Clubfoot

About one in 1,000 babies are born with a clubfoot in which one or both feet are turned inward.

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Symptoms

The foot is turned to the side and, in some cases, the top of the foot appears to be where the bottom should be. The affected foot, calf and leg are shorter and smaller than the other, normal foot and leg. The condition causes no pain, although if it is untreated, it can cause discomfort and disability by the time the baby becomes a teenager.

 

Causes and Risk Factors

Although the causes are unknown, boys are at slightly higher risk than girls for a clubfoot. Clubfoot may also run in families, with the chance of a baby having a clubfoot twice as likely if one of the parents or sibling has the condition.

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Diagnosis

A prenatal ultrasound will often detect a clubfoot even before a child is born. Once a baby is born, parents know immediately that a baby has a clubfoot. One or both feet may be affected.

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Treatments

In the past decade, nonsurgical treatment of clubfoot has greatly improved and, if treated early, surgery can often be avoided. The Ponseti method, which uses a combination of stretching and casting to correct the condition, has become the preferred method of treating a clubfoot. A physician changes a cast every week, each time stretching the foot a little more toward being in the correct position. Once the foot is in the correct position, the child must wear a brace at night for two years so the foot remains in the normal position. Parents must be certain their child wears the brace for the full two years or the muscles of the foot will pull the foot back into the clubbed position. With proper treatment, the baby's foot is usually corrected by the time they are ready to walk.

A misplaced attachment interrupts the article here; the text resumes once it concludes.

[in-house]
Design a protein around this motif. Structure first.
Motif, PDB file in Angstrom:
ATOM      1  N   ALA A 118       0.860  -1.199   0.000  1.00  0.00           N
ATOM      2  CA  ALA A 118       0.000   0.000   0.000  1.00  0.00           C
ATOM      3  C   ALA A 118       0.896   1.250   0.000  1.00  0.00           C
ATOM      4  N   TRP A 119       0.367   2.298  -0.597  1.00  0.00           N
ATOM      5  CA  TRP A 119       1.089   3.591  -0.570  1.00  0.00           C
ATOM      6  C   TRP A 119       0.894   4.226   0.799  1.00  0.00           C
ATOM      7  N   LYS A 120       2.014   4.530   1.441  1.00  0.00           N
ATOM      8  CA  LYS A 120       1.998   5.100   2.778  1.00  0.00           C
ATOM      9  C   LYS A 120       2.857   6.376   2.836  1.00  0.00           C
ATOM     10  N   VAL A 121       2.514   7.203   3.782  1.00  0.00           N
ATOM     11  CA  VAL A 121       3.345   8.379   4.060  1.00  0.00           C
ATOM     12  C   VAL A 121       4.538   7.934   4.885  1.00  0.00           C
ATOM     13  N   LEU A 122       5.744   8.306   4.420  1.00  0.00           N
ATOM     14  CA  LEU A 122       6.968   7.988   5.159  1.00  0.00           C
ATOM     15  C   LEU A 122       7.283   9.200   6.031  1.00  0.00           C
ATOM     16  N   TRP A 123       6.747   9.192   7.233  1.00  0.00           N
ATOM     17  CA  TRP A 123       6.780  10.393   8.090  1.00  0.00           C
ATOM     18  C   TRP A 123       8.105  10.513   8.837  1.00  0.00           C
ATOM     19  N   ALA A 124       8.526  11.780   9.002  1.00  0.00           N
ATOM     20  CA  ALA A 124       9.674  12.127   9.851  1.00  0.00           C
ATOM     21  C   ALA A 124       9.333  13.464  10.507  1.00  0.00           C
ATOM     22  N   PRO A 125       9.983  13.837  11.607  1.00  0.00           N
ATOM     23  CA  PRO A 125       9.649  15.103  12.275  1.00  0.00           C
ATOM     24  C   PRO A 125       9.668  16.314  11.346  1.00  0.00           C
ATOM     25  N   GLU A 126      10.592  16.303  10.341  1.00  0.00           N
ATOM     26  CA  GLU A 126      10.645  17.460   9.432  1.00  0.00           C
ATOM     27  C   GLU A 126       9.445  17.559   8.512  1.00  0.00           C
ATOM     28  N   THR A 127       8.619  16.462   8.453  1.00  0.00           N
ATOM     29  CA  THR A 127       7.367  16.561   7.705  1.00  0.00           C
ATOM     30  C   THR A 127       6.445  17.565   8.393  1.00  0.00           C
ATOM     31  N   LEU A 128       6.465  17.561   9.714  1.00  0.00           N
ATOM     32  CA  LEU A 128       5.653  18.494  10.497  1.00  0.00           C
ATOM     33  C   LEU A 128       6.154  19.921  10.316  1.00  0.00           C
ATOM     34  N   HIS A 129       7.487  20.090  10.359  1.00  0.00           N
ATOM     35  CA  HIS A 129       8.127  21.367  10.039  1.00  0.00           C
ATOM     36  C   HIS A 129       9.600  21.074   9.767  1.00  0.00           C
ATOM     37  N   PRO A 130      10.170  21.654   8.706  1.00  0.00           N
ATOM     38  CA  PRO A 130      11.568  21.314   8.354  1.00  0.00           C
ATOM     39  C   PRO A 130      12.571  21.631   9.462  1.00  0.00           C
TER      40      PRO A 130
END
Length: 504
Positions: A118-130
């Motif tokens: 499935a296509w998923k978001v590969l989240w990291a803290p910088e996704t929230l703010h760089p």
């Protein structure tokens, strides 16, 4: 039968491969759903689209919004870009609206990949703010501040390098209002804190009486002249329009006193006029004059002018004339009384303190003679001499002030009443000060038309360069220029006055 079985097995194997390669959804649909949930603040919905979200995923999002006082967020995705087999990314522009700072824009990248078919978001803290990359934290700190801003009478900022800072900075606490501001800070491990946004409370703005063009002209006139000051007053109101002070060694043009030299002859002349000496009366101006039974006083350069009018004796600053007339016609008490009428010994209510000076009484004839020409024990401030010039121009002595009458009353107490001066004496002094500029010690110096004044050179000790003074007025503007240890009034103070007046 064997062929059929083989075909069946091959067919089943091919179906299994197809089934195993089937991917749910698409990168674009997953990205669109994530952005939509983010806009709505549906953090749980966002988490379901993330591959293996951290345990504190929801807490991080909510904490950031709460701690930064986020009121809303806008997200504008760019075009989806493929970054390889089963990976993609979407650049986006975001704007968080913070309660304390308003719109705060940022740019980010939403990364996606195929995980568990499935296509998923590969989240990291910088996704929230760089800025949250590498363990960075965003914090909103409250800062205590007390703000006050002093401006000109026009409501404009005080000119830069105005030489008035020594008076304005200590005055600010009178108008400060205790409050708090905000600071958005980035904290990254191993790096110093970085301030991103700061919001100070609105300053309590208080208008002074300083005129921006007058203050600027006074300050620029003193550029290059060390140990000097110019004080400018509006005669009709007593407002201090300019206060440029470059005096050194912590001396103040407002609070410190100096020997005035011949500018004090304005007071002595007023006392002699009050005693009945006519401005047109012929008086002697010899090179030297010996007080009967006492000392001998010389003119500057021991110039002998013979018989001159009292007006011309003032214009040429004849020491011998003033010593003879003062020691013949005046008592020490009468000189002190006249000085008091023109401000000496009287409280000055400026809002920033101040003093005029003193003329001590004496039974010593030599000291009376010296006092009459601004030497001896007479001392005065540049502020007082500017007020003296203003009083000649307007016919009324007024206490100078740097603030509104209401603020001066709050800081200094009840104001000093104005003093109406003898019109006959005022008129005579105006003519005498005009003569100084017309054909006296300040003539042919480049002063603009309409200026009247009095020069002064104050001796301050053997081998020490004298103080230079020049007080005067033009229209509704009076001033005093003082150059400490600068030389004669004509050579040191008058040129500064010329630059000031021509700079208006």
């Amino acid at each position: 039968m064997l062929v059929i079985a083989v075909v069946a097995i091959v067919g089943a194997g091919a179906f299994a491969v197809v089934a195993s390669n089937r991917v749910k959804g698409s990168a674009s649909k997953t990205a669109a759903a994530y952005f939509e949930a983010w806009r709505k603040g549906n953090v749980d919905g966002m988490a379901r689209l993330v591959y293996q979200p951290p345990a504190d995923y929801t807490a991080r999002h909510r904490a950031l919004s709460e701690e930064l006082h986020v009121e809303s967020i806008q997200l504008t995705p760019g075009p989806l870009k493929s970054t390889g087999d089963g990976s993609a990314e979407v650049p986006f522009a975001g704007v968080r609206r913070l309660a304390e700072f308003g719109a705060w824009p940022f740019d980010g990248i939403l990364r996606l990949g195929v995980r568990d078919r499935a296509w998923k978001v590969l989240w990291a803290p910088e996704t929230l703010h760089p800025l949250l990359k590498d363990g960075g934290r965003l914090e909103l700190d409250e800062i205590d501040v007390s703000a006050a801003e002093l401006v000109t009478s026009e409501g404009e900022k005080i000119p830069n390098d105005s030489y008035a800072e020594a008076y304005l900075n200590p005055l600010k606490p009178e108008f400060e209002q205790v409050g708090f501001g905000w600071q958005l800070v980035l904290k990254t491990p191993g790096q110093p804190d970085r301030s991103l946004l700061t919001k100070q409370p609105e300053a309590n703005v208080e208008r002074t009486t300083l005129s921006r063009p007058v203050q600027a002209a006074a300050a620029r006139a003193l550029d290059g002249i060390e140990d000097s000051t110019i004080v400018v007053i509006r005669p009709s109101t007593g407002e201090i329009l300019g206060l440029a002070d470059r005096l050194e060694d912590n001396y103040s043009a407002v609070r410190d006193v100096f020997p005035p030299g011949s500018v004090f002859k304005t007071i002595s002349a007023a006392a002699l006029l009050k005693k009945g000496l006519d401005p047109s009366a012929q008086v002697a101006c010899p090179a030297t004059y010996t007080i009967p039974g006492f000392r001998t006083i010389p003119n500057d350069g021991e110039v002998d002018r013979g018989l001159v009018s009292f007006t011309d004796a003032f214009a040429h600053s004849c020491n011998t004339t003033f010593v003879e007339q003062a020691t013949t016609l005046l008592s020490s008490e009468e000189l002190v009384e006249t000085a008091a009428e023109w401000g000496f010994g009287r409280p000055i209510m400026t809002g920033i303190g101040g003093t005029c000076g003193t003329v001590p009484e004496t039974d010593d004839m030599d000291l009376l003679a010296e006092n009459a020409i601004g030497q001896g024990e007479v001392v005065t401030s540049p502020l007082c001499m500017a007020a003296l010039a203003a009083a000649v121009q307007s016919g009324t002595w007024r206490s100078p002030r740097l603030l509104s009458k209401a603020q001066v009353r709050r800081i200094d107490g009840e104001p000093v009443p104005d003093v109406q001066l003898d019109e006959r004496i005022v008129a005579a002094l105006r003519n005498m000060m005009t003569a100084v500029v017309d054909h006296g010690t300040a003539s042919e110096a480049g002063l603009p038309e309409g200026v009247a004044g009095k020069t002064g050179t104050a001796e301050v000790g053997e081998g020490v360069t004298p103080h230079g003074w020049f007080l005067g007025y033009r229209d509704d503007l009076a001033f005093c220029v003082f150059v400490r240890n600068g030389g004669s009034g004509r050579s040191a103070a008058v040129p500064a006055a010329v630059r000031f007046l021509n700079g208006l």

While the baby is wearing a cast or brace, parents should also pay attention to any changes in skin color or temperature under and around the brace. Any such changes can be a sign of a circulation problem and should be brought to the attention of their physician immediately.

In rare cases, stretching and casting does not correct the abnormal foot position. Surgery is then required to adjust the joints, ligaments and tendons in the affected foot and ankle. Such a procedure is usually performed when the baby is between 9 and 12 months old and corrects all of the problems with the clubfoot at the same time.

After surgery, a cast is used to ensure the foot and ankle remain immobile, allowing them to heal in the proper position. As with nonsurgical treatment, a brace or special shoes need to be worn for up to a year after surgery to ensure the muscle of the foot do not pull it back into an abnormal position. Surgical treatment of clubfoot, while fixing the problem, does often lead to a stiffer joint in later years.

Whether a clubfoot is treated nonsurgically or surgically, the foot, even once corrected, will still be slightly (one of one and a half sizes) smaller than the other foot, may be stiffer and the calf will also remain slightly smaller than the other foot and calf.

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